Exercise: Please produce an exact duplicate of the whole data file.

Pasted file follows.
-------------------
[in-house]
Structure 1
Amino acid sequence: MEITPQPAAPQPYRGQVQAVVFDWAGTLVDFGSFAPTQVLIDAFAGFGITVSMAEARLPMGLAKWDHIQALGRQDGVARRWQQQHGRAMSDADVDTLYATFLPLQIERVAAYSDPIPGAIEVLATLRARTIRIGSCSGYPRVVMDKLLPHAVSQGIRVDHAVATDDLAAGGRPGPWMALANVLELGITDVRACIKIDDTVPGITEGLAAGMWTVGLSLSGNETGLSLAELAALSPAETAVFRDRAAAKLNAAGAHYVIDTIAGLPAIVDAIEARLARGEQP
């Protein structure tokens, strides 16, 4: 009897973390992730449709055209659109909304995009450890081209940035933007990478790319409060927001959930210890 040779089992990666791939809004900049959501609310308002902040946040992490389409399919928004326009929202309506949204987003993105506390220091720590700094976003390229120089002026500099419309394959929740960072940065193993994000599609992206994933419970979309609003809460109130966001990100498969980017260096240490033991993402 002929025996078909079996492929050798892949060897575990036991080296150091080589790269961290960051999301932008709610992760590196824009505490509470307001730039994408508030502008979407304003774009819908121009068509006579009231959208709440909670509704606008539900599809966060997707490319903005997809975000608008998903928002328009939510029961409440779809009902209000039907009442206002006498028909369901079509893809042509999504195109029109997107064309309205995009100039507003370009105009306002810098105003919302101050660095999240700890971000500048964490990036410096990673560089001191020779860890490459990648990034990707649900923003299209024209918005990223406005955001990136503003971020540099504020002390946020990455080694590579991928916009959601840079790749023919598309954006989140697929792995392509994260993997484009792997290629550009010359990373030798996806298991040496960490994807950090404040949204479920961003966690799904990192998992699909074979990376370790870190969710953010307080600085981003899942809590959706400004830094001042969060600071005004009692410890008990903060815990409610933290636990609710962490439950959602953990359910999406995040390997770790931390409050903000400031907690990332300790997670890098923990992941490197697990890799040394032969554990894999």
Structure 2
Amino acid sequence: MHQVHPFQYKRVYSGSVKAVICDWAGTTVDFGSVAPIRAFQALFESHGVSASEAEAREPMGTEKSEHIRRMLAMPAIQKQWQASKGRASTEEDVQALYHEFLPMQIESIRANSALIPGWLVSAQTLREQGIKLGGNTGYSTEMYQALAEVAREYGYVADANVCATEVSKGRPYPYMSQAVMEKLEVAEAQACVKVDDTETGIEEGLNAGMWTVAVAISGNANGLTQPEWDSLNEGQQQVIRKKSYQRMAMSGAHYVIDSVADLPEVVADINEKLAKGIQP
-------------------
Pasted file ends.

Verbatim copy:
[in-house]
Structure 1
Amino acid sequence: MEITPQPAAPQPYRGQVQAVVFDWAGTLVDFGSFAPTQVLIDAFAGFGITVSMAEARLPMGLAKWDHIQALGRQDGVARRWQQQHGRAMSDADVDTLYATFLPLQIERVAAYSDPIPGAIEVLATLRARTIRIGSCSGYPRVVMDKLLPHAVSQGIRVDHAVATDDLAAGGRPGPWMALANVLELGITDVRACIKIDDTVPGITEGLAAGMWTVGLSLSGNETGLSLAELAALSPAETAVFRDRAAAKLNAAGAHYVIDTIAGLPAIVDAIEARLARGEQP
């Protein structure tokens, strides 16, 4: 009897973390992730449709055209659109909304995009450890081209940035933007990478790319409060927001959930210890 040779089992990666791939809004900049959501609310308002902040946040992490389409399919928004326009929202309506949204987003993105506390220091720590700094976003390229120089002026500099419309394959929740960072940065193993994000599609992206994933419970979309609003809460109130966001990100498969980017260096240490033991993402 002929025996078909079996492929050798892949060897575990036991080296150091080589790269961290960051999301932008709610992760590196824009505490509470307001730039994408508030502008979407304003774009819908121009068509006579009231959208709440909670509704606008539900599809966060997707490319903005997809975000608008998903928002328009939510029961409440779809009902209000039907009442206002006498028909369901079509893809042509999504195109029109997107064309309205995009100039507003370009105009306002810098105003919302101050660095999240700890971000500048964490990036410096990673560089001191020779860890490459990648990034990707649900923003299209024209918005990223406005955001990136503003971020540099504020002390946020990455080694590579991928916009959601840079790749023919598309954006989140697929792995392509994260993997484009792997290629550009010359990373030798996806298991040496960490994807950090404040949204479920961003966690799904990192998992699909074979990376370790870190969710953010307080600085981003899942809590959706400004830094001042969060600071005004009692410890008990903060815990409610933290636990609710962490439950959602953990359910999406995040390997770790931390409050903000400031907690990332300790997670890098923990992941490197697990890799040394032969554990894999």
Structure 2
Amino acid sequence: MHQVHPFQYKRVYSGSVKAVICDWAGTTVDFGSVAPIRAFQALFESHGVSASEAEAREPMGTEKSEHIRRMLAMPAIQKQWQASKGRASTEEDVQALYHEFLPMQIESIRANSALIPGWLVSAQTLREQGIKLGGNTGYSTEMYQALAEVAREYGYVADANVCATEVSKGRPYPYMSQAVMEKLEVAEAQACVKVDDTETGIEEGLNAGMWTVAVAISGNANGLTQPEWDSLNEGQQQVIRKKSYQRMAMSGAHYVIDSVADLPEVVADINEKLAKGIQP